A variety of infectious diseases such as syphilis, fungal infections, and diphtheria can cause glottic stenosis. Additionally, granulomatous diseases such as tuberculosis, sarcoidosis, rhinoscleroma, and granulomatosis with polyangiitis (GPA) are thought to cause the condition. Rare etiology of glottic stenosis includes mycosis in immunosuppressed patients, leprosy, mucous membrane pemphigoid, and scarlet fever.

Gastro-oesophageal reflux is thought to be a contributing factor; however, its role in aggravation of the disease remains unclear at present.[1]

Epidemiology

Post endotracheal intubation stenosis is the most common type of glottic stenosis.[1] The risk of developing stenosis in intubated patients has been found to be between 6% and 19% based on two prospective studies realized in the long term intubated patients.[5][6] Congenital glottic stenosis is very rare, and the most extensive study performed identified 51 children in 32 years.[6]

Pathophysiology

Acquired glottic stenosis thought to be caused by mucosal ulceration which leads to infection, perichondritis, and cartilage necrosis leading to granulation tissue formation over the vocal process of the arytenoid cartilage. Subsequently, scar formation and fibrosis cause contraction and arytenoid fixation.[1]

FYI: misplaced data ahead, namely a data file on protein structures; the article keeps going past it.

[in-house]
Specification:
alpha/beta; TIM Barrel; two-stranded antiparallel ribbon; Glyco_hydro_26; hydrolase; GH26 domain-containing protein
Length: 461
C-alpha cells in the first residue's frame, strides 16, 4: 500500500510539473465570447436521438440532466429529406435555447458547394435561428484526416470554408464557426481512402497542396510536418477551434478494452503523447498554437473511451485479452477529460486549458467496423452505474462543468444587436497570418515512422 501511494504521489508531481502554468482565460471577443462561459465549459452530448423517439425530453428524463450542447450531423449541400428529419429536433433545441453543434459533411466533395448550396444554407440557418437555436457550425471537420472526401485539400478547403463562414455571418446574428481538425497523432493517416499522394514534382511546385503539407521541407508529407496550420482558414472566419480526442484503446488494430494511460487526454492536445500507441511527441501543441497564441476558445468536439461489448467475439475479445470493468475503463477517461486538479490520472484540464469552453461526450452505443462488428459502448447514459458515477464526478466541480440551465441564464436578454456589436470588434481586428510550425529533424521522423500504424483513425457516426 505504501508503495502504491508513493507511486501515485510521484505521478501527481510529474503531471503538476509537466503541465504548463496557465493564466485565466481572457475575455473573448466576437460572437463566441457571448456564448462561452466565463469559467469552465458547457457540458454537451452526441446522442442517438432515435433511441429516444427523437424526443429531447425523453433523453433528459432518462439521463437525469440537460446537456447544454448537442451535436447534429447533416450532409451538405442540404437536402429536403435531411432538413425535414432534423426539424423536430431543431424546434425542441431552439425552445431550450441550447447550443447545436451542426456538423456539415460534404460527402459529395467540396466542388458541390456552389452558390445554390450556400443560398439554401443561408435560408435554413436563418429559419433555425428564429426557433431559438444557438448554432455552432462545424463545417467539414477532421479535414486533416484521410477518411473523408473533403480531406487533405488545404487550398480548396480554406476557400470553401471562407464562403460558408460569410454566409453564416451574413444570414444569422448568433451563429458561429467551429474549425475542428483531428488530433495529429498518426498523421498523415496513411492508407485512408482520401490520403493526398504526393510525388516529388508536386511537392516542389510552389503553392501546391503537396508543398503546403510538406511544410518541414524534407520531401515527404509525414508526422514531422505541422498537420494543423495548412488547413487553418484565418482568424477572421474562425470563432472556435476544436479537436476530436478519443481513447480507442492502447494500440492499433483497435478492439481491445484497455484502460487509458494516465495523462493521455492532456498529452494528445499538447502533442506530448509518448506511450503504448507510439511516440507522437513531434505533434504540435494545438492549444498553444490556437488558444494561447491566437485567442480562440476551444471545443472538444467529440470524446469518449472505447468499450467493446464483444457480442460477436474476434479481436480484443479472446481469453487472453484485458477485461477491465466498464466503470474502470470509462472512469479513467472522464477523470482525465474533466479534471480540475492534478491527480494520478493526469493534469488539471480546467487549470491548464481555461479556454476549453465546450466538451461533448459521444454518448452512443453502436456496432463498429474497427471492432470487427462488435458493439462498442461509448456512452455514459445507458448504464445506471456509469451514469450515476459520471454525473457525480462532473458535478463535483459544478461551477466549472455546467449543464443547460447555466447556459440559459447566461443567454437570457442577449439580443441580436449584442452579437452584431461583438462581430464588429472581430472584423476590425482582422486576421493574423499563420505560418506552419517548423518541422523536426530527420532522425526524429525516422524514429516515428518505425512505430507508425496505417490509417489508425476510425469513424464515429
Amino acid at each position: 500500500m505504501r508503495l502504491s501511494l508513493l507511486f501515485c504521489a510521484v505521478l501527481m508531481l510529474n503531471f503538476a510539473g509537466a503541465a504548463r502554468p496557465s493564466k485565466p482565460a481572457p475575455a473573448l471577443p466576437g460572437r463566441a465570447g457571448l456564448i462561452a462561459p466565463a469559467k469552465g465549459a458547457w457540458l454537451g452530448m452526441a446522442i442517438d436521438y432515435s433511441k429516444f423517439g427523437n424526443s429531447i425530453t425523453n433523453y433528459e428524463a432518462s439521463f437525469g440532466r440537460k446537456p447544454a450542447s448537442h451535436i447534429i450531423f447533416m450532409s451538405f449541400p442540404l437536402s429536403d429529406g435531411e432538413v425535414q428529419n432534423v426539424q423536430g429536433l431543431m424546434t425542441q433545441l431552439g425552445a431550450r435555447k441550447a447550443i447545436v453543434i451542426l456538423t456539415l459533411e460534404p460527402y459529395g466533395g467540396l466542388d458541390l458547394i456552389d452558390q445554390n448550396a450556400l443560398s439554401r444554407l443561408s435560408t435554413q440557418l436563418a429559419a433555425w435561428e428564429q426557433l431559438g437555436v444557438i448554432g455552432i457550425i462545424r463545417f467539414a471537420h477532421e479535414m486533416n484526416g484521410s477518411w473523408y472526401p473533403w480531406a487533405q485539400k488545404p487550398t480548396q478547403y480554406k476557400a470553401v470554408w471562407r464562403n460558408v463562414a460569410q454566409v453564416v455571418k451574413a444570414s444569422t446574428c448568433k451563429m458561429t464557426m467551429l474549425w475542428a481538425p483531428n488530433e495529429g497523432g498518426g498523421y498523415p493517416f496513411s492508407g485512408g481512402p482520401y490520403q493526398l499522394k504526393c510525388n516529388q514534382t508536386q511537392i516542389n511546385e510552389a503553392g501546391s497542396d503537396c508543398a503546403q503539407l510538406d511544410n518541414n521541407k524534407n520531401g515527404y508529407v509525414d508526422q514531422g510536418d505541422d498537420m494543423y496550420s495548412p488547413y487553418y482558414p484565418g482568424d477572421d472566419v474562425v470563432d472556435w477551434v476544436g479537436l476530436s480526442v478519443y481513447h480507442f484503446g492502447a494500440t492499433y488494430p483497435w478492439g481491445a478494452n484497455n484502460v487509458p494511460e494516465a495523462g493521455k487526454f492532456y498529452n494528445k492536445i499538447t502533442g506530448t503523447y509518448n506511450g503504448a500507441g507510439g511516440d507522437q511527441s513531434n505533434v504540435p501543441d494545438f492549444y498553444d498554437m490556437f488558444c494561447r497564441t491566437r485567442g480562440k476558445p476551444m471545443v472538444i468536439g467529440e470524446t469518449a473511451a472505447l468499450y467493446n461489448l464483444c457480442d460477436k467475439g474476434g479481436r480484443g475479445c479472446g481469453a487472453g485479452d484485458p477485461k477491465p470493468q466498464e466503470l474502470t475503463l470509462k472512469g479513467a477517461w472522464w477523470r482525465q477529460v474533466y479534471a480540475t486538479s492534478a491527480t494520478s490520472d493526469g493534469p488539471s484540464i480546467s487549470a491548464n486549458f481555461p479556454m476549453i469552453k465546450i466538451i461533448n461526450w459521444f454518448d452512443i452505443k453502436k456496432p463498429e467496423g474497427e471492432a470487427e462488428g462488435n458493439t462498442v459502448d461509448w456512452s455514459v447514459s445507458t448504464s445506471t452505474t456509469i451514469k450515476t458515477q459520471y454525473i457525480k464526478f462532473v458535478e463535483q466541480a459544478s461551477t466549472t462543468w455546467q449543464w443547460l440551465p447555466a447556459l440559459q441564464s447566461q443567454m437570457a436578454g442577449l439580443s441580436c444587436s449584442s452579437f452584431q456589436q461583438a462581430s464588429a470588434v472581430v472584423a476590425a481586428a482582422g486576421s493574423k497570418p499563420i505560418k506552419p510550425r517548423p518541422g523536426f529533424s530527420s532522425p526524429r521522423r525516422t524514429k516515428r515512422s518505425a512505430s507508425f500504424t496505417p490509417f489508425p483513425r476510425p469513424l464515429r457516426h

Histopathology

In some cases, with complex presentations, where the diagnosis is not certain, tissue biopsies and histological analysis is necessary. The presence of abscess of caseous necrosis or vasculitis differentiates various pathologies such as tuberculosis, sarcoidosis or Wegener granulomatosis. Further, microbiological tests can determine the presence of pathogens.[4]

History and Physical

The clinical presentation of glottic stenosis is variable and depends on the cause and the severity of the stenosis. The most common presentation of laryngeal obstruction is stridor. The level of the airway obstruction determines the nature of the abnormal breathing sounds. Upper airway obstruction results in mostly inspiratory stridor while obstruction in the lower respiratory tract results in expiratory or biphasic stridor.[1]